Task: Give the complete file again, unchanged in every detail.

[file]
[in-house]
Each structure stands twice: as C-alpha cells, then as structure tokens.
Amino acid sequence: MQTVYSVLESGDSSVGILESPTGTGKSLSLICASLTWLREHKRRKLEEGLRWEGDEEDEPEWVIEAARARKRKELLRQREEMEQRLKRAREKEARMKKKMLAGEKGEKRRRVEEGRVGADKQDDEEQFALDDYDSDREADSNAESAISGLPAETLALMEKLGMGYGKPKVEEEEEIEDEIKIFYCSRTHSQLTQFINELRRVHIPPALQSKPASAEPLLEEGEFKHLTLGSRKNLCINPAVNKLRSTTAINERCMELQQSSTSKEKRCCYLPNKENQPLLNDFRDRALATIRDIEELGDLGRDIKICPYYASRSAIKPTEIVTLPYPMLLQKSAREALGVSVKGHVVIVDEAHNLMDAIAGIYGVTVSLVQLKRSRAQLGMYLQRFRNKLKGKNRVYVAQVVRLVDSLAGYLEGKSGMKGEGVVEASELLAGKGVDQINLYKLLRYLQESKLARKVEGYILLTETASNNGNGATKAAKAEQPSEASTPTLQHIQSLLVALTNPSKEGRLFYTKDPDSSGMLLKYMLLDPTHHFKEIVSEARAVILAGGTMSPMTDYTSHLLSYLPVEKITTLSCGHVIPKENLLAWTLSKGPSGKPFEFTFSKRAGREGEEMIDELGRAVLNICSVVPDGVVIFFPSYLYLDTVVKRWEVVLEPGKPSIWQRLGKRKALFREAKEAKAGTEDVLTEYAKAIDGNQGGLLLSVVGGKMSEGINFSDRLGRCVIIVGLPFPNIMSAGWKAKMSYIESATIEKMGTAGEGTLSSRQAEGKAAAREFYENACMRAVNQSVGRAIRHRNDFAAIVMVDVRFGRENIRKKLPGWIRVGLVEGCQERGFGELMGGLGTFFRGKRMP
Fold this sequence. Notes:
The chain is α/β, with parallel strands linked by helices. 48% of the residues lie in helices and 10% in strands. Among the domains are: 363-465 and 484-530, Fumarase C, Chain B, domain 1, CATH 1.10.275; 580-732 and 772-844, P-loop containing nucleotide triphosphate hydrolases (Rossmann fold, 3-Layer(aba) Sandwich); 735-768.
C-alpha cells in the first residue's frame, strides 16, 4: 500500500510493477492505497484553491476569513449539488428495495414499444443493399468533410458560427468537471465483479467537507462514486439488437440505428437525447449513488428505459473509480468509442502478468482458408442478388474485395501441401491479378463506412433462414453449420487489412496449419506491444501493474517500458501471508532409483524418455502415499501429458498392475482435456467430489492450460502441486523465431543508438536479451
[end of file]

[in-house]
Each structure stands twice: as C-alpha cells, then as structure tokens.
Amino acid sequence: MQTVYSVLESGDSSVGILESPTGTGKSLSLICASLTWLREHKRRKLEEGLRWEGDEEDEPEWVIEAARARKRKELLRQREEMEQRLKRAREKEARMKKKMLAGEKGEKRRRVEEGRVGADKQDDEEQFALDDYDSDREADSNAESAISGLPAETLALMEKLGMGYGKPKVEEEEEIEDEIKIFYCSRTHSQLTQFINELRRVHIPPALQSKPASAEPLLEEGEFKHLTLGSRKNLCINPAVNKLRSTTAINERCMELQQSSTSKEKRCCYLPNKENQPLLNDFRDRALATIRDIEELGDLGRDIKICPYYASRSAIKPTEIVTLPYPMLLQKSAREALGVSVKGHVVIVDEAHNLMDAIAGIYGVTVSLVQLKRSRAQLGMYLQRFRNKLKGKNRVYVAQVVRLVDSLAGYLEGKSGMKGEGVVEASELLAGKGVDQINLYKLLRYLQESKLARKVEGYILLTETASNNGNGATKAAKAEQPSEASTPTLQHIQSLLVALTNPSKEGRLFYTKDPDSSGMLLKYMLLDPTHHFKEIVSEARAVILAGGTMSPMTDYTSHLLSYLPVEKITTLSCGHVIPKENLLAWTLSKGPSGKPFEFTFSKRAGREGEEMIDELGRAVLNICSVVPDGVVIFFPSYLYLDTVVKRWEVVLEPGKPSIWQRLGKRKALFREAKEAKAGTEDVLTEYAKAIDGNQGGLLLSVVGGKMSEGINFSDRLGRCVIIVGLPFPNIMSAGWKAKMSYIESATIEKMGTAGEGTLSSRQAEGKAAAREFYENACMRAVNQSVGRAIRHRNDFAAIVMVDVRFGRENIRKKLPGWIRVGLVEGCQERGFGELMGGLGTFFRGKRMP
Fold this sequence. Notes:
The chain is α/β, with parallel strands linked by helices. 48% of the residues lie in helices and 10% in strands. Among the domains are: 363-465 and 484-530, Fumarase C, Chain B, domain 1, CATH 1.10.275; 580-732 and 772-844, P-loop containing nucleotide triphosphate hydrolases (Rossmann fold, 3-Layer(aba) Sandwich); 735-768.
C-alpha cells in the first residue's frame, strides 16, 4: 500500500510493477492505497484553491476569513449539488428495495414499444443493399468533410458560427468537471465483479467537507462514486439488437440505428437525447449513488428505459473509480468509442502478468482458408442478388474485395501441401491479378463506412433462414453449420487489412496449419506491444501493474517500458501471508532409483524418455502415499501429458498392475482435456467430489492450460502441486523465431543508438536479451